To render ocean, a screen-space grid projection is used in the Cry Engine
. Another screen-space approach has also been proposed on gamedev with really nice looking results.

Screen-space light shaft

One article about this in GPU Gems 3. Ok they used the word post-process but after reading the article, it sounds a lot like screen-space to me!
It seems that Crytek uses a similar methods. Obviously, they really love screen-space methods! :). I agree with them since the methods they use are fast and result in eye-candy effects!

Image-space sub surface scattering

And last but not the least, Image-Space Subsurface Scattering for Interactive Rendering of Deformable Translucent Objects.

Conclusion

Wouhaou! So many screen-space methods! I wonder what’s next… Also, you can read this other interesting discussion I have found here to complete this survey.

Nov 24, 2009

My first attempt to global illumination

I was really impressed by the work of Anton Kaplanyan from Crytek on light propagation volume (LPV) for massive lighting and global illumination! So I decided to do a quick test implementation of this method to experiment it by myself. Here are the result:

Direct lightingDirect lighting + global illuminationGlobal illumination onlyGlobal illumination x2

As a quick test, I considered only one LPV aligned on the AABB of a single object (no cascaded LPV). The LPV is one voxel larger than the AABB in order to avoid artifact at borders. Then, I just apply the LPV algorithm discribed in the white paper using virtual point lights and co. As I said, this is a basic test implementation so no SH gradients are used to avoid back face lighting and other artifacts.

The light is a simple spot without shadows.

It is interesting to note that without high frequency detailed texture, the GI lighting have a "square" look mostly due to the Cartesian cubic sampling. Indeed it seems that this is not visible with nice textures and normal mapping, as you can see on the screen-shots presented in their white paper.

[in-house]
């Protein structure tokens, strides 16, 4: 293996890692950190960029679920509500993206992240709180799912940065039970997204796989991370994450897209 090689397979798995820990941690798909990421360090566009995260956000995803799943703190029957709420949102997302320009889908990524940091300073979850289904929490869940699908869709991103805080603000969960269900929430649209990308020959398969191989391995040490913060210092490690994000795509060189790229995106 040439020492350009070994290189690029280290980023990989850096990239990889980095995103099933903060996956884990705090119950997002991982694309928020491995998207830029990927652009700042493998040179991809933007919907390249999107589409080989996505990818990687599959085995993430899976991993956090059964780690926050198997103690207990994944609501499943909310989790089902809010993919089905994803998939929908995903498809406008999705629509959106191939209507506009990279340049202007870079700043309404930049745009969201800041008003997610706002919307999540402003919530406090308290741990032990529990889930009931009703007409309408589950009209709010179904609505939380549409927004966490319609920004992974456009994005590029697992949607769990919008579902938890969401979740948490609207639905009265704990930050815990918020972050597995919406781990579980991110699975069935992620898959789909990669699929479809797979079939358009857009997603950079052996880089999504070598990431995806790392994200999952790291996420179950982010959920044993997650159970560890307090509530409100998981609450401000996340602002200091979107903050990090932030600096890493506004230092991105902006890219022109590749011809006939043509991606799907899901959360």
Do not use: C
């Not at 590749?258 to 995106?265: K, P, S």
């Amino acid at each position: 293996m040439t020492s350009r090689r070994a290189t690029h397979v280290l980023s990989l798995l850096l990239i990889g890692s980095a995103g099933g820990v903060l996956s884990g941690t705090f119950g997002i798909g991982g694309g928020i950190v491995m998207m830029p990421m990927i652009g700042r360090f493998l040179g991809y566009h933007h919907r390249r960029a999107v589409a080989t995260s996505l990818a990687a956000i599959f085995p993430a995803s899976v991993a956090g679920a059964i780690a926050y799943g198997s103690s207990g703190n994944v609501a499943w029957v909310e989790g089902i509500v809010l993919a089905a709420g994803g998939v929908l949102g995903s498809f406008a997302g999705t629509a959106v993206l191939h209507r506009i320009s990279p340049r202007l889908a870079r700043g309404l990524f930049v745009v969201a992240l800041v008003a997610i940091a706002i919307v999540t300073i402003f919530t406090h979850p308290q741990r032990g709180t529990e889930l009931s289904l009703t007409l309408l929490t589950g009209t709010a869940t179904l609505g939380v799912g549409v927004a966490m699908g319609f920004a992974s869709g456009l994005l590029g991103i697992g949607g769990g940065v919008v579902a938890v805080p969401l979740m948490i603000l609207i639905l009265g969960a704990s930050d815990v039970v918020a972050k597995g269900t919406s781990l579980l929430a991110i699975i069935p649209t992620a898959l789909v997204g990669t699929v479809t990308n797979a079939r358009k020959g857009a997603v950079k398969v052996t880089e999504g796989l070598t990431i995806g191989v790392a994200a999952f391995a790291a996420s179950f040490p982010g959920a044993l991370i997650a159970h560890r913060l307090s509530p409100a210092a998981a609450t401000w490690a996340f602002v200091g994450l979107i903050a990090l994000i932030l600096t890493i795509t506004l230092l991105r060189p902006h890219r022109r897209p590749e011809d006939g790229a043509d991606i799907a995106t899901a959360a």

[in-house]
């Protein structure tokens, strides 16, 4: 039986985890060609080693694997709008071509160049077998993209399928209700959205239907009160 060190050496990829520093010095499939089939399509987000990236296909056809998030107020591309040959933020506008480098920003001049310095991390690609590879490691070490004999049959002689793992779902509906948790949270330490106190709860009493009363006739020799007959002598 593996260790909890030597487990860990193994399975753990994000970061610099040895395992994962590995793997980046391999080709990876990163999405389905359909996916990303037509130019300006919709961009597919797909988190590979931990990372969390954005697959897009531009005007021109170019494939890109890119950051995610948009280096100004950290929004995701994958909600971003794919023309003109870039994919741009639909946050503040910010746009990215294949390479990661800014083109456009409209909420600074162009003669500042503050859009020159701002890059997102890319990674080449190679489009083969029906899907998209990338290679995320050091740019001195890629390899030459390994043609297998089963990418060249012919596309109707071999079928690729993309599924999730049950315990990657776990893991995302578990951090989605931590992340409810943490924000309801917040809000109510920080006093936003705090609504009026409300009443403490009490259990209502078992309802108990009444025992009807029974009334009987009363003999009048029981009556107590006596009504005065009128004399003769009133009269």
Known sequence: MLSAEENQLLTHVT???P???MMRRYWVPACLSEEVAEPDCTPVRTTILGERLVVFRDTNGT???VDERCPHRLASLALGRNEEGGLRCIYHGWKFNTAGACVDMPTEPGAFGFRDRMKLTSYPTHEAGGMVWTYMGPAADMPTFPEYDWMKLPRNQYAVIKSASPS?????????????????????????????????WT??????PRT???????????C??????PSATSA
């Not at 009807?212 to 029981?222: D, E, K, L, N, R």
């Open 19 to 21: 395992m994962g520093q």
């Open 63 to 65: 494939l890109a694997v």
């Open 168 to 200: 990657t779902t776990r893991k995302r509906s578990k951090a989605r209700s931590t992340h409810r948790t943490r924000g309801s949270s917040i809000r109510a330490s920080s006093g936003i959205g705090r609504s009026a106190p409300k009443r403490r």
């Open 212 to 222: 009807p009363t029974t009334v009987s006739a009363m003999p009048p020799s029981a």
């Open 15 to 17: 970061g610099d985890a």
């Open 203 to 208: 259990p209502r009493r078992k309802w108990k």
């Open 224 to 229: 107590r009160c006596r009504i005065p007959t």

Because this is a quick test, the code is somewhat ugly :-|, excepted the class to manage the unfolded volumetric texture. That's why I'm not going to publish it. If you are still interested, send me a mail.

The unfolded volumetric texture I have developed is visible on the bottom of the screenshots. Basically, it represents all slices of the 3D texture. Considering LPV, I also have included a black border color between each slice. Thus, in the shader, I do not have to test if my border samples come from the right slice during the gathering process. However, one step of the gathering process involves now rendering a quad overlapping each unfolded slice (one quad per slice) and not overlapping the black borders.

Ok I could give you computation time for each step of the method but as I said the code is note optimized, there is still a lot of tests (even in shaders!) and I am on a laptop PC...

Next step: implement this method as presented in the paper with cascaded LPV, importance sampling of virtual point lights, etc. I plan to implement this in my small engine I am using now for my PhD (will speak about it later). I don't know when I will do this since the pressure increases as the end of my PhD come closer.

Thanks for reading!

Nov 23, 2009

Small tips that could help to get into the game industry

As I said in my welcome post, I would like to get into the game industry after my PhD. If it is your case, you should read this post...